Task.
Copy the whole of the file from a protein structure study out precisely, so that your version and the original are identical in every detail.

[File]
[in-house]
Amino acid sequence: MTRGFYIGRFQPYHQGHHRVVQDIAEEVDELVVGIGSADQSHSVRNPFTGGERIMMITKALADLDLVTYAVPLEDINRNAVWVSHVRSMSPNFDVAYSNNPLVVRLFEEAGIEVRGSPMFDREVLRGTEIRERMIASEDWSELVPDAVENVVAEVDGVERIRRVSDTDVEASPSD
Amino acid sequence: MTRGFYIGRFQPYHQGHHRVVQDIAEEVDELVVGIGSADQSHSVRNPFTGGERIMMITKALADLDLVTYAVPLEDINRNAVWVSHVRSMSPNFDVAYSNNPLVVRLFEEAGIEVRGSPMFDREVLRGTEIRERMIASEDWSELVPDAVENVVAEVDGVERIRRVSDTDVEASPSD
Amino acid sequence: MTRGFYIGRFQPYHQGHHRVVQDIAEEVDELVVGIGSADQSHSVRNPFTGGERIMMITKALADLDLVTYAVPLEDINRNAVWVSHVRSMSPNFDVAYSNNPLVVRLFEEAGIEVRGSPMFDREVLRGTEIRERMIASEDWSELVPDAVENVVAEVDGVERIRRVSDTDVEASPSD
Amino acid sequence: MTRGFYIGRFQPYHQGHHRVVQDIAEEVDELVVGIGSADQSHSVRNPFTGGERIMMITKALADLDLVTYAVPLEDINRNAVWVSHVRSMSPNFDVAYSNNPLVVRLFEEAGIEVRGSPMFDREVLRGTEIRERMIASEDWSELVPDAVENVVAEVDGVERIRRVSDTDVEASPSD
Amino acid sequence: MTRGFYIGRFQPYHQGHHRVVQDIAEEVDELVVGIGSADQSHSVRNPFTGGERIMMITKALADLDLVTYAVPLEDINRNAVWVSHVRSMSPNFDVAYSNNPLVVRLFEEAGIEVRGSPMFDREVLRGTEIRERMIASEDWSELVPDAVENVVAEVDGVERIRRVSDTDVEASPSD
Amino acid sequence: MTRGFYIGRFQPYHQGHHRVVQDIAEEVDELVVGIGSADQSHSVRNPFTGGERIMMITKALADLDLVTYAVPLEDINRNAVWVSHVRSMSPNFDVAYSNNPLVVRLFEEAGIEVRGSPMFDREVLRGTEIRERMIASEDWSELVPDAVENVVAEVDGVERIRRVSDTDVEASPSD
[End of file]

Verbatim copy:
[in-house]
Amino acid sequence: MTRGFYIGRFQPYHQGHHRVVQDIAEEVDELVVGIGSADQSHSVRNPFTGGERIMMITKALADLDLVTYAVPLEDINRNAVWVSHVRSMSPNFDVAYSNNPLVVRLFEEAGIEVRGSPMFDREVLRGTEIRERMIASEDWSELVPDAVENVVAEVDGVERIRRVSDTDVEASPSD
Amino acid sequence: MTRGFYIGRFQPYHQGHHRVVQDIAEEVDELVVGIGSADQSHSVRNPFTGGERIMMITKALADLDLVTYAVPLEDINRNAVWVSHVRSMSPNFDVAYSNNPLVVRLFEEAGIEVRGSPMFDREVLRGTEIRERMIASEDWSELVPDAVENVVAEVDGVERIRRVSDTDVEASPSD
Amino acid sequence: MTRGFYIGRFQPYHQGHHRVVQDIAEEVDELVVGIGSADQSHSVRNPFTGGERIMMITKALADLDLVTYAVPLEDINRNAVWVSHVRSMSPNFDVAYSNNPLVVRLFEEAGIEVRGSPMFDREVLRGTEIRERMIASEDWSELVPDAVENVVAEVDGVERIRRVSDTDVEASPSD
Amino acid sequence: MTRGFYIGRFQPYHQGHHRVVQDIAEEVDELVVGIGSADQSHSVRNPFTGGERIMMITKALADLDLVTYAVPLEDINRNAVWVSHVRSMSPNFDVAYSNNPLVVRLFEEAGIEVRGSPMFDREVLRGTEIRERMIASEDWSELVPDAVENVVAEVDGVERIRRVSDTDVEASPSD
Amino acid sequence: MTRGFYIGRFQPYHQGHHRVVQDIAEEVDELVVGIGSADQSHSVRNPFTGGERIMMITKALADLDLVTYAVPLEDINRNAVWVSHVRSMSPNFDVAYSNNPLVVRLFEEAGIEVRGSPMFDREVLRGTEIRERMIASEDWSELVPDAVENVVAEVDGVERIRRVSDTDVEASPSD
Amino acid sequence: MTRGFYIGRFQPYHQGHHRVVQDIAEEVDELVVGIGSADQSHSVRNPFTGGERIMMITKALADLDLVTYAVPLEDINRNAVWVSHVRSMSPNFDVAYSNNPLVVRLFEEAGIEVRGSPMFDREVLRGTEIRERMIASEDWSELVPDAVENVVAEVDGVERIRRVSDTDVEASPSD